A thermometer was also used for the determination of the water temperature. The tachometer was used optically in the determination of the speed of the turbine so as to retain the speed at 900rpm.ProcedureThe sluice valve, V-2, was opened to supply water to the turbine, and the needle valve of the nozzle, N, was opened manually by the handle, MV, to allow the water flow. As the turbine rotated cooling water was supplied into the plony brake. Importance was taken such that the temperature did not exceed 60 C for the most efficient operation.Initially the needle valve was fully opened, and the sluice was adjusted to bring the pressure head on the turbine to 27m. The pressure head was maintained at 27m throughout the experiment period, and was monitored by the pressure gauge-PG -2. To maintain the turbine speed at 900rpm, the adjusting screw of the plony brake, Z, was tightened and when the arm of the plony brake got. At that speed, the spring balance, X, reading (Kg) was recorded as the load on the plony brake.The experiment was performed several times (15 times) by shutting the needle valve in bits. It was noted that for each revolution the needle advanced 1.25mm.As a precautionary measure the needle valve, NV, was not shut completely before shutting off the sluice valve, V-2, because the pump water pressure might break some of the vinyl tubes between the sluice valve and the needle valve.

Theoretical Knowledge pertaining to the experimentThe efficiency of the turbine is defined as the ratio between the power developed by the turbine to the available water power. Figure below shows the layout of a hydro-electric power plant in which the turbine is pelton wheel. Water from the reservoir flows through the penstock at the outlet of which is fitted a nozzle. The nozzle increases the kinetic energy of the water jets. These water jets strike the bucket of the runner making it rotate. The two main parts of the pelton turbine are:i. the nozzle and the flow regulating arrangementii. the runner with the buckets

Fig. Indication of actual state of operation of a pelton wheel turbine

The amount of water striking the buckets is controlled by providing a spear in the nozzle as shown in Figure below. The spear is a conical needle which is operated either by a band wheel or automatically in an axial direction depending on the size of the unit. When the spear is pushed forward into the nozzle, the amount of water striking the runner is reduced, where as if the spear is pushed back the amount of water is increased.

Fig. Velocity Analysis

Figure below shows the pelton turbine. It consists of a circular disc (the runner) on the periphery of which a number of buckets evenly spaced are fixed. The shape of the buckets is a double hemispherical cup or bowl. Each bucket is divided into two symmetrical parts by a dividing wall which is known as a splitter. The jet of water strikes the splitter which then divides the jet into two equal parts and the jet comes out at the outer edge of the bucket. The buckets are shaped in such a way the jet gets deflected through 160 or 170.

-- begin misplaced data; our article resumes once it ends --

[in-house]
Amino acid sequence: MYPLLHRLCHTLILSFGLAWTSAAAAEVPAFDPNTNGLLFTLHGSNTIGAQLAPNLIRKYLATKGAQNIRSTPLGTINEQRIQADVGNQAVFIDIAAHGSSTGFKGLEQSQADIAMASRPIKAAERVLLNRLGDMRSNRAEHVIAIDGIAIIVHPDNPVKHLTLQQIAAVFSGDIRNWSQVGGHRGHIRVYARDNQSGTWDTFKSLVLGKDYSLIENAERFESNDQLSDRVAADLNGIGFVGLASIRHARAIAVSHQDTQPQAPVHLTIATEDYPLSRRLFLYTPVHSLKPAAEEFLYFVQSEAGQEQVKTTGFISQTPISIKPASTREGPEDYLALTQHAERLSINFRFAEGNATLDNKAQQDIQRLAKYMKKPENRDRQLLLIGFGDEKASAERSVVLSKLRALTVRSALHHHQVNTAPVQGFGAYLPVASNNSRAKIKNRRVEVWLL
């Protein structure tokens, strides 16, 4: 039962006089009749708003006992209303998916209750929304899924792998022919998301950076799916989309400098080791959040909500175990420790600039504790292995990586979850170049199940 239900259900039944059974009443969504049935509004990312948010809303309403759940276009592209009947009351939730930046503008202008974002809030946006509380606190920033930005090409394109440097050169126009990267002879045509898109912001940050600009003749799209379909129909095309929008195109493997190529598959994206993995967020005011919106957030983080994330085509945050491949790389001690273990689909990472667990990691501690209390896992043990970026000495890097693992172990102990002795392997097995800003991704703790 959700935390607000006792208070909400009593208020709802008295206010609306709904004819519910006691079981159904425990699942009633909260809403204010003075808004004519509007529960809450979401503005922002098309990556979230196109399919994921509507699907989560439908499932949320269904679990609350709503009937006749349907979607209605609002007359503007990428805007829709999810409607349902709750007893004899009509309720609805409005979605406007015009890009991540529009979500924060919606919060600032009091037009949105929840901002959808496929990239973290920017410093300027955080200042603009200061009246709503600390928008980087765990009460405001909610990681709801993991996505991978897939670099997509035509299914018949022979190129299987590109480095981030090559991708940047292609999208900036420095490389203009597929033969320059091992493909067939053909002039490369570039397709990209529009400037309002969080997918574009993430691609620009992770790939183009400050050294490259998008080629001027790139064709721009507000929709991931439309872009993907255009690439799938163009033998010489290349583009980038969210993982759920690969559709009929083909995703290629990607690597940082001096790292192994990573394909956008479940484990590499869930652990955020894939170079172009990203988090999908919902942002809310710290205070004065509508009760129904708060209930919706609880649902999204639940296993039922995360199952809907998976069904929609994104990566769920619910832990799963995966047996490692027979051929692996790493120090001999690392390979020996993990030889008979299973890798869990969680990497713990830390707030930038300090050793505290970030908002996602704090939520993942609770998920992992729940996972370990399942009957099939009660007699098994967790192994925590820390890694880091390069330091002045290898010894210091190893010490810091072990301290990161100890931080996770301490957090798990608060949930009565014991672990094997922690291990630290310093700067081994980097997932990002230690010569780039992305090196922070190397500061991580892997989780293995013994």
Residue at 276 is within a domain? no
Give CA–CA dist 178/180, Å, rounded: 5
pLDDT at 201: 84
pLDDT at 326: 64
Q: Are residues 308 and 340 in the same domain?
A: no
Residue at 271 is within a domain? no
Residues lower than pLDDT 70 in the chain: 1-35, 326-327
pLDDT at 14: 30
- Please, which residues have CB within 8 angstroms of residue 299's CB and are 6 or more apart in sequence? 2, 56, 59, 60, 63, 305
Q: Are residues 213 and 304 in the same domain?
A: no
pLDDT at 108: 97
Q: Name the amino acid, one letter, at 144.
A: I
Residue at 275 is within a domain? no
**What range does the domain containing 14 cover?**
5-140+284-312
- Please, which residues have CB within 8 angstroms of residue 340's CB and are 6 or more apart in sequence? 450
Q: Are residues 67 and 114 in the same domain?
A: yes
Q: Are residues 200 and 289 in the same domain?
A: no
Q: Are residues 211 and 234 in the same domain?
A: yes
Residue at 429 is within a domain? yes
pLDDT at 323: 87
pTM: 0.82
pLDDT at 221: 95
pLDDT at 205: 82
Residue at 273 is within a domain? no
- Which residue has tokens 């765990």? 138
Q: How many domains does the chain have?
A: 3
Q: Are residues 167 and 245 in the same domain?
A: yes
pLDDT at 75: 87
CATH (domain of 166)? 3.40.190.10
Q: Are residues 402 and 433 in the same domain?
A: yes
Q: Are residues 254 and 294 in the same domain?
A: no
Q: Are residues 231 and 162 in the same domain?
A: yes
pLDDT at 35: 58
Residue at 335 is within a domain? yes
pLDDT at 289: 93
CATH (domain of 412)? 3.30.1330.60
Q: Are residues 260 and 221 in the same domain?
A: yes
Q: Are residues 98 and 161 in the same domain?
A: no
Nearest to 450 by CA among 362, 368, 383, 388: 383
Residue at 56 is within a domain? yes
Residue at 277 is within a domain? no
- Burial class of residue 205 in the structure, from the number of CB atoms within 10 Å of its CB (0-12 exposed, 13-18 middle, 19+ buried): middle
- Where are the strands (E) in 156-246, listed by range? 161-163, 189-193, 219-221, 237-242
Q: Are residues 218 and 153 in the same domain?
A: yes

Definition of terms1. Total Head: The difference between the head race level and the tail race level when no water is flowing is known as Total Head (Hg).2. Net Head: It is also called the effective head and is the available head at the inlet of the turbine. When water is flowing from head race to turbine, there is head loss due to friction between the water and the penstocks. There could also be minor head losses such as loss due to bends, pipe fittings and entrance loss of penstock etc. If hf is the total head loss, then net head on the turbine is given by Pelton turbine is best suited to operating under very high heads compared with other types of turbines.

3. Overall Efficiency: The overall efficiency of a pelton turbine is the ratio of the useful power output to the power input. Mathematically,Power supplied at the inlet of the turbine or the water horse power is given by the expression .Where = density of water (kg/m3),g = acceleration due to gravity (9.81m2/sec),Q = discharge,H = net head (m).The power losses that occur within a turbine are attributed to volumetric, mechanical and hydraulic losses. Volumetric losses ## some of the volume of the water is discharged to the # without striking the runner buckets. Thus the ratio of the volume of the water # striking the runner to the volume of the water supplied to the turbine is defined as the volumetric efficiency.Mathematically,

The shaft horse power (SHP) output is less than power input due to power consumed in overcoming mechanical friction at bearings and stuffing boxes. The ratio of the power available at the shaft of the turbine to the power developed by the runner is called the mechanical efficiency (m) of the turbine.Mathematically,

The water head actually utilized by a turbine is less than that available because of frictional losses as water flows across the buckets. The water power at the inlet of the turbine due to hydraulic losses as the vanes are not smooth and water jet is not completely turned back. The ratio of the power developed by the runner to the available power at the inlet is known as the hydraulic efficiency (h) of the